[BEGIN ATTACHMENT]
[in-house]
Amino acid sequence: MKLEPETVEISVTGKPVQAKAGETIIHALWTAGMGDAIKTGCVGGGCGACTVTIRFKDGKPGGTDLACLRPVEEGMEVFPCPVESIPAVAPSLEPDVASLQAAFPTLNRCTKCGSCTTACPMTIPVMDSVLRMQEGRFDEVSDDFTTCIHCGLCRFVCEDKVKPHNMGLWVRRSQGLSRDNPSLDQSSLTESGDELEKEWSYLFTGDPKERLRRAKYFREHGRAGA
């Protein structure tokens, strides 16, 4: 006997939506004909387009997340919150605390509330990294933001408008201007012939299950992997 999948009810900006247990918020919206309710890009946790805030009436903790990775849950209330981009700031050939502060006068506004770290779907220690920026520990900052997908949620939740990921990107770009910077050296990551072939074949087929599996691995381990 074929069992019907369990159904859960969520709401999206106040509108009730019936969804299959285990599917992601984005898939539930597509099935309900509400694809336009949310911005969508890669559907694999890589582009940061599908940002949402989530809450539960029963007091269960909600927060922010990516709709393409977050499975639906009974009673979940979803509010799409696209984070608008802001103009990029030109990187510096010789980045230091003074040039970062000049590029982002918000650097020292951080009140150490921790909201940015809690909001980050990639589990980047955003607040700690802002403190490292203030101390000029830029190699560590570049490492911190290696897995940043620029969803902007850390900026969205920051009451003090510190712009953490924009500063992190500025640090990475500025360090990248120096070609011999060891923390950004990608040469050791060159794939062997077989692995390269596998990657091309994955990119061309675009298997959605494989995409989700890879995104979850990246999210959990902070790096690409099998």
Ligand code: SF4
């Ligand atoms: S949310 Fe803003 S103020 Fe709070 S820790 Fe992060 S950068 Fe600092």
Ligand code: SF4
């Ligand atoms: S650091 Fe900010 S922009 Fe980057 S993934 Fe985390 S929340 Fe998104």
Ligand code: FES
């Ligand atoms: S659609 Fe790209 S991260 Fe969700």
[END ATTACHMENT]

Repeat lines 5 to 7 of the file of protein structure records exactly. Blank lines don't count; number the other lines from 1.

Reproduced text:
């Ligand atoms: S949310 Fe803003 S103020 Fe709070 S820790 Fe992060 S950068 Fe600092």
Ligand code: SF4
């Ligand atoms: S650091 Fe900010 S922009 Fe980057 S993934 Fe985390 S929340 Fe998104």